Monday, March 31, 2008
Nome, Alaska - 3/31/2008 11am
Just a few minutes ago we got a report on Zorro's condition. He has been examined by a veterinary neurologist in Seattle and completed an MRI to fully evaluate his spine. The results suggest that despite significant trauma to Zorro's chest and spine, he is expected to achieve a full recovery over time without surgical intervention.
Here is a news article that reports Zorro was able to stand somewhat, and the clown who ran into them has finally come forward. Alleluia. Below, check out Aaron Burmeister and Ramy Brooks at the finish in Nome, both with pups resting in the sled bag. Cute.
These two photos are from NorthernLightMediaBlog ©2008 by Jan DeNapoli. Zorro, on the top, is from Lance's Website.
Saturday, March 29, 2008
Snowmachine injures dog in Mackey's Sweepstakes team - click and read
Note: In Alaska they call Snow Mobiles Snowmachines.
From the article: He was in third place in the Sweepstakes at around midnight Friday just 20 miles from the finish line when two snowmachines came up fast from behind.
"I was flashing them like mad with my headlamp," he said. "I was shining my headlamp right in his face, but they kept on coming at me. I jumped aside, and by 30 feet further up the trail, there was a snowmachine sitting on the middle of my sled."
The machine impaled the sled bag with its runners.
"Three or four dogs were sucked underneath and Zorro was trapped in the sled bag," Mackey said......
Mackey made a plea for race officials to keep snowmachines away from the trail at the end of the race, a growing safety issue.
"Running from Safety to Front Street is almost suicidal," Mackey said. "I almost got hit on the way into Nome during Iditarod and then was almost hit half an hour later."
Safety Roadhouse, about 22 miles east of Nome, operates as a bar during the race and attracts spectators on snowmachines. Mackey said he wanted to focus attention on trail safety.
The 9-year-old injured dog has been a star in the teams that won Alaska's two major long-distance races the last two years. Last year, Zorro became ill at White Mountain near the end of the Iditarod and did not get to finish the race.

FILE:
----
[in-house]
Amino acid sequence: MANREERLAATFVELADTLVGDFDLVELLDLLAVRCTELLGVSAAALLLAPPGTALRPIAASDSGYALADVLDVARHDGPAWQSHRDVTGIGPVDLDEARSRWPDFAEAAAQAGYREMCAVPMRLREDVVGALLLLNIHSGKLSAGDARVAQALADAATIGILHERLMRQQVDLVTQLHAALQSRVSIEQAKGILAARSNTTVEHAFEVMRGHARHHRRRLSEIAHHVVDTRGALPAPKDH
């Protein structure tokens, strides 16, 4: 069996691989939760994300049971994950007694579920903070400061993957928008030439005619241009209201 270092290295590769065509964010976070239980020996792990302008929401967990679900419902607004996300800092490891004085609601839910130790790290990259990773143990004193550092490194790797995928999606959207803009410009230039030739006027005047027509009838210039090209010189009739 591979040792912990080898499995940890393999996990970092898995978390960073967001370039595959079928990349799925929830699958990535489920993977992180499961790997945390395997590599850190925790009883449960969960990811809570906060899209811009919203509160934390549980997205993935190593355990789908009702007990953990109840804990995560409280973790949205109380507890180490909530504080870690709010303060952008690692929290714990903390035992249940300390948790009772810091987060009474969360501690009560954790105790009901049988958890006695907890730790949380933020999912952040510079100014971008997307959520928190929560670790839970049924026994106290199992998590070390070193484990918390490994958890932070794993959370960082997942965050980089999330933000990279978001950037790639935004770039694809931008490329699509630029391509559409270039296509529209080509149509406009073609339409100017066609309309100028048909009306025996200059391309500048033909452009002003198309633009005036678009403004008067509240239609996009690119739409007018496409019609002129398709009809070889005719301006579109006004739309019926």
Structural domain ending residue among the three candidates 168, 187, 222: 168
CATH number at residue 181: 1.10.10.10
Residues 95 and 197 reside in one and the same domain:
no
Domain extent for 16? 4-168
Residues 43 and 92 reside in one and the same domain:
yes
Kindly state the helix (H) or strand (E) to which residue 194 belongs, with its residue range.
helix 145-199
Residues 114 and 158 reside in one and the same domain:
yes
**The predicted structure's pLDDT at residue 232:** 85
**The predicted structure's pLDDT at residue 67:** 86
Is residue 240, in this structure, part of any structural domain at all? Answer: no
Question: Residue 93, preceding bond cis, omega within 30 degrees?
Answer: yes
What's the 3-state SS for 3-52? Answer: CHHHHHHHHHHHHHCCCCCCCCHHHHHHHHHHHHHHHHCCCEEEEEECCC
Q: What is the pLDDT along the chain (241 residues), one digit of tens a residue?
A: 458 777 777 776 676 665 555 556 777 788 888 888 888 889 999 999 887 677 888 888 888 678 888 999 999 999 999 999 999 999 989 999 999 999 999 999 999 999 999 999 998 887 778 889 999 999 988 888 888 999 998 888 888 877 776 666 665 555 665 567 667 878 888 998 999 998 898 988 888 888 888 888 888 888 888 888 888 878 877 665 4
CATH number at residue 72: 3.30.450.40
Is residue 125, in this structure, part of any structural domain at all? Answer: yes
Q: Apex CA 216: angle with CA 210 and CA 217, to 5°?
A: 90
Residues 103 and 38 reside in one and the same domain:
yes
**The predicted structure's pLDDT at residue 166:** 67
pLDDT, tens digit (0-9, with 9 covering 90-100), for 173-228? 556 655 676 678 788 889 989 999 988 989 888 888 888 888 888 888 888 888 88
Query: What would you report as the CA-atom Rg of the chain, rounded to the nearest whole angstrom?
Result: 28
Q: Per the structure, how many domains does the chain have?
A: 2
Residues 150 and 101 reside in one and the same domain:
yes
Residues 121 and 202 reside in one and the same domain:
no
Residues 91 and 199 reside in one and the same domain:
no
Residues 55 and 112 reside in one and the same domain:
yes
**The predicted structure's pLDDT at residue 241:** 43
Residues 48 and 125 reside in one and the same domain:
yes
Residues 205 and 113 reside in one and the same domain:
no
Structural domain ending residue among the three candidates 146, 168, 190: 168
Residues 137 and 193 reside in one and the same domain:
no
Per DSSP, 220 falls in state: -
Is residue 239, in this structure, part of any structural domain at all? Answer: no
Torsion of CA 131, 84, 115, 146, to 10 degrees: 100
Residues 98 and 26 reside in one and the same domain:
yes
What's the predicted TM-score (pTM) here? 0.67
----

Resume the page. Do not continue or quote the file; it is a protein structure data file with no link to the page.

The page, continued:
Zorro is the kennel's stud dog. If he dies, Mackey said, his future in sled dog racing is uncertain.
"My team's future, my personal future, my career, my whole life is in question," he told Nome Police Department officer Byron Redburn, who took a report in cooperation with Alaska State Troopers, who have jurisdiction. Photos from Lance's Website. ADDENDUM II: First image is by Theresa Daily - and this very touching and adorable shot was taken by, Helen Hegener. Thanks to the folks at Comeback and Dew Claw Kennels for their use.
ADDENDUM I:Update from Mackey's Website: ...Many of you are aware that Lance Mackey's dog "Zorro" was injured during the 2008 All Alaska Sweepstakes when a snow machine collided with his team. Zorro was in the sled bag when the machine struck his sled. Zorro sustained 3 broken ribs, some internal bleeding, and spinal injuries.... Complete update on his website, there is also an active link to donate towards Zorro's medical costs; which are over $3700 at this point! They are hoping it is just spinal swelling that is causing the issues with his legs...
ADDENDUM II: From Jodi Bailey, Dew Claw Kennel, on behalf of Lance;
they can donate to the Zorro Fund at
The race will be officially certified by the race judges according to the rules 24 hours after
3 teams have finished the course....ADDENDUM: The check for $100,000 was issued immediately after the race, so evidently they have ditched this procedure...lots of confusion over the rules.
Mitch has shattered the previous record, 74 hours, 14 minutes, and 37 seconds, held since 1910 by John “Iron Man” Johnson. This race has not been run since 1983. This year is the 100 year anniversary run, of the what has come to be known as the inaugural race to the sport of long distance dog racing. Prior to the 1910 running of this race, dogs and dog sledding were viewed solely as utilitarian tools to survival in the back wilds of Alaska. They were not considered useful in long distance, speed runs. This race initiated the birth of the sport of Dog Mushing as we know it today.Notice in the 1st image of Seavey completing the race above, there are NO plastic fences to guard the "chute" and spectators themselves form the chute through which the runners pass. It is an organic event, with lots of local flair, and is truly in a class of its own. One interesting element to this race is that drivers are not allowed to drop any dogs. All dogs are signed over to the Nome Kennel Club prior to the race, and the Official Vet determines if they are sound enough to run. If a dog gets pooped out, or injured, the musher must haul him in the sled bag. Here is a VIDEO of the finish, from Josh's Blog, and an Anchorage News sports article.Jeff King (above) arrived second, and Lance Mackey (below) showed up third. These awesome shots of the AAS are by She has kindly given me permission to use them. Thank you Jan! Temps at the close of the race were hovering around zero; notice the abundant ice crystals that have formed on the dogs faces. The Queen contest determines the payout for the non-1st place winning finishers; Purse details are HERE.